Study Guide

Watership Down Art and Culture

By Richard Adams

Art and Culture

What Robin Hood is to the English and John Henry to the American N****es, Elil-Hrair-Rah, or El-ahrairah—The Prince with a Thousand Enemies—is to rabbits. Uncle Remus might well have heard of him, for some of El-ahrairah's adventures are those of Brer Rabbit. For that matter, Odysseus himself might have borrowed a trick or two from the rabbit hero, for he is very old and was never at a loss for a trick to deceive his enemies. (5.11)

El-ahrairah is pretty much the ideal rabbit (and Chief Rabbit), and one of his ideal qualities is his cleverness, which gets him compared to Brer Rabbit and Odysseus. But notice that El-ahrairah also gets linked to Robin Hood (who is tricky, but mostly known for his generosity), and John Henry (who is known for winning a contest against a machine but dying). It's almost as if cleverness isn't the only value rabbits respect.
They also respect kindheartedness and hard work.

All the rabbits had heard the story before: on winter nights, when the cold draft moved down the warren passages and the icy wet lay in the pits of the runs below their burrows; and on summer evenings, in the grass under the red may and the sweet, carrion-scented elder bloom. Dandelion was telling it well, and even Pipkin forgot his weariness and danger and remembered instead the great indestructibility of the rabbits. Each one of them saw himself as El-ahrairah, who could be impudent to Frith and get away with it. (6.7)

Unlike watching the Olympics, which are only good in summer (zing, Winter Olympics), storytelling is a fun activity the whole year round. Not only that, but storytelling is useful for a number of reasons: it makes rabbits forget their problems (as when Pipkin forgets his weariness), and it also inspires the rabbits, since each of them sees himself as El-ahrairah.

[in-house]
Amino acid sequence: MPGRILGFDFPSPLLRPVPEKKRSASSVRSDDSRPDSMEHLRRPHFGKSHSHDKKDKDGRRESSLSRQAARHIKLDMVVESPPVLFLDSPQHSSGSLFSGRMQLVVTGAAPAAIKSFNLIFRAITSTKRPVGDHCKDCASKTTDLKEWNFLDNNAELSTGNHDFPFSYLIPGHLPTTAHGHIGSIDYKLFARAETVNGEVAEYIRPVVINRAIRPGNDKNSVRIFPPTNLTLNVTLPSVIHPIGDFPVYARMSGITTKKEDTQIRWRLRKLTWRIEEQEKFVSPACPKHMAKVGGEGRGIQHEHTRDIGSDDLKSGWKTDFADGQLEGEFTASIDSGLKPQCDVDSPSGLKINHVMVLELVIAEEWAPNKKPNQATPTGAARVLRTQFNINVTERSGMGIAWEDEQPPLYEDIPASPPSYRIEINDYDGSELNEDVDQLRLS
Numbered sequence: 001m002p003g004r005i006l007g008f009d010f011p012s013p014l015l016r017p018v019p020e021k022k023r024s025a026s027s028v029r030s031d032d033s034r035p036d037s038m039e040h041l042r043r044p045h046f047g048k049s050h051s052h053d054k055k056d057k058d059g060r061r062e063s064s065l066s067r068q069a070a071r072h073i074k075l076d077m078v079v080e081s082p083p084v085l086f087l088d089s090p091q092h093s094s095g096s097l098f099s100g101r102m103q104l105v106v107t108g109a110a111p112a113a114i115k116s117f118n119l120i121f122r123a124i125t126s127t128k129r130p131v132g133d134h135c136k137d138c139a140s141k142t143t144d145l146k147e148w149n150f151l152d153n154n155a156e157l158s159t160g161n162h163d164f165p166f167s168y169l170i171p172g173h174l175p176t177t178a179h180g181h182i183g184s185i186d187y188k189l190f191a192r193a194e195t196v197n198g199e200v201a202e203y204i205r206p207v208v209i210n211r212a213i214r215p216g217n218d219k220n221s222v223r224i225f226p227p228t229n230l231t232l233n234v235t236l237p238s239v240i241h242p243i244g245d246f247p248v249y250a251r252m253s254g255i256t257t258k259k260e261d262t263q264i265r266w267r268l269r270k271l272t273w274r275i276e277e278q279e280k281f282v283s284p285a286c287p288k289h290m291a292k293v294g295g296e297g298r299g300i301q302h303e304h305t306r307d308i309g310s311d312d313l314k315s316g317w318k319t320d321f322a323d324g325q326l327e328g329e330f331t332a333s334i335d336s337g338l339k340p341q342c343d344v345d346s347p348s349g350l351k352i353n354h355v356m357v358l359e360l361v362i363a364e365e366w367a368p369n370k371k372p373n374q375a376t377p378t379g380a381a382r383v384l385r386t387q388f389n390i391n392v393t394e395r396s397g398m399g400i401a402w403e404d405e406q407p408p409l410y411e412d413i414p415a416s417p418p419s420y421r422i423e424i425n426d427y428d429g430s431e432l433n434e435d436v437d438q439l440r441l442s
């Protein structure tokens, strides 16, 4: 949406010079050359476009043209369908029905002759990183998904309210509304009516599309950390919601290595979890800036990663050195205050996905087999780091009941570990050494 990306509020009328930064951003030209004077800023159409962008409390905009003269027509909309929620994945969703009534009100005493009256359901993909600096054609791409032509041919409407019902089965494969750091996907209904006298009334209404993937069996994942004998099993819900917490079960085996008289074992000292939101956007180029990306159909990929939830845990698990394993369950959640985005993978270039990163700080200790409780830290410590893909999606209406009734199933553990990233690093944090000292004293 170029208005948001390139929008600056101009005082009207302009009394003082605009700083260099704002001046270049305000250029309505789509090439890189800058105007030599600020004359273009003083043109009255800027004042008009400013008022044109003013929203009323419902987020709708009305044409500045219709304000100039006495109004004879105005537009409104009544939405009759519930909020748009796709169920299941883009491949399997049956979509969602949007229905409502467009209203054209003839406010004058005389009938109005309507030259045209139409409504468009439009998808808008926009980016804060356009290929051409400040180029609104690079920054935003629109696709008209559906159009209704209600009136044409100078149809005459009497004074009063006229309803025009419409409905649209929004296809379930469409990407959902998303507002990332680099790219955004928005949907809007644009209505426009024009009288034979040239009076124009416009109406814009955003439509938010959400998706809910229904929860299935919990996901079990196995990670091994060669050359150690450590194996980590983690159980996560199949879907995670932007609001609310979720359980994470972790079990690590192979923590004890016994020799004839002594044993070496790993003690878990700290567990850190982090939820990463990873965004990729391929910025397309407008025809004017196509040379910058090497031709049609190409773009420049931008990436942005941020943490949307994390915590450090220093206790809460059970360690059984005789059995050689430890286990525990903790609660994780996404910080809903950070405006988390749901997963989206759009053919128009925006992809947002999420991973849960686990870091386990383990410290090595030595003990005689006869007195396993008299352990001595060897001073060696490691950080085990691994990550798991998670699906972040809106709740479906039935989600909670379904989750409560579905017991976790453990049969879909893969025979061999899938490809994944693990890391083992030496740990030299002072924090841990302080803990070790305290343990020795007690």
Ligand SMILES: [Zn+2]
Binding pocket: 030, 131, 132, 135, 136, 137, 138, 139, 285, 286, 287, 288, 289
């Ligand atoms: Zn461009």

"Do you like it?" asked Strawberry.

Hazel puzzled over the stones. They were all the same size, and pushed at regular intervals into the soil. He could make nothing of them.

"What are they for?" he asked again. (13.40-2)

Hazel sounds like a parent whose toddler just gave him some "art"—what is it, what is it for, do I have to put it on the fridge? That might seem rude in some situations, but we've already seen Dandelion's stories do lots of useful things. So maybe this is a fair question: what is this Shape good for? (Or does Adams just hate mosaics?)

There is a rabbit saying, "In the warren, more stories than passages"; and a rabbit can no more refuse to tell a story than an Irishman can refuse to fight. Hazel and his friends conferred. After a short time Blackberry announced, "We've asked Hazel to tell you about our adventures: how we made our journey here and had the good luck to join you." (14.103)

There are lots of examples in the book of how storytelling is natural to rabbits, as we hear here, provided we're not distracted by the offensive Irishman line. Also, one great thing about stories—besides the fact that they're easy to pack and carry from warren to warren—is that you can update stories to tell your own history.

"Very nice," said Cowslip. He seemed to be searching for something more to say, but then repeated, "Yes, very nice. An unusual tale."

"But he must know it, surely?" muttered Blackberry to Hazel.

"I always think these traditional stories retain a lot of charm," said another of the rabbits, "especially when they're told in the real, old-fashioned spirit."

"Yes," said Strawberry. "Conviction, that's what it needs. You really have to believe in El-ahrairah and Prince Rainbow, don't you? Then all the rest follows." (16.5-8)

We laugh whenever we read Cowslip's rabbits' reactions to Dandelion's storytelling—they're such jerks trying to find something nice to say. (Somehow, whenever jerks try to be nice, they only ever highlight their jerkiness.) It's clear from their reaction that the El-ahrairah stories don't mean much to these rabbits. So it follows that these rabbits don't share the same values (or the same sense of community), which will be made even clearer later, when Cowslip leaves Bigwig to die in a trap. Stay classy, Cowslip.

"You felt it, then? And you want to know whether I did? Of course I did. That's the worst part of it. There isn't any trick. He speaks the truth. So as long as he speaks the truth it can't be folly—that's what you're going to say, isn't it? I'm not blaming you, Hazel. I felt myself moving toward him like one cloud drifting into another. But then at the last moment I drifted wide. Who knows why?" (16. 29)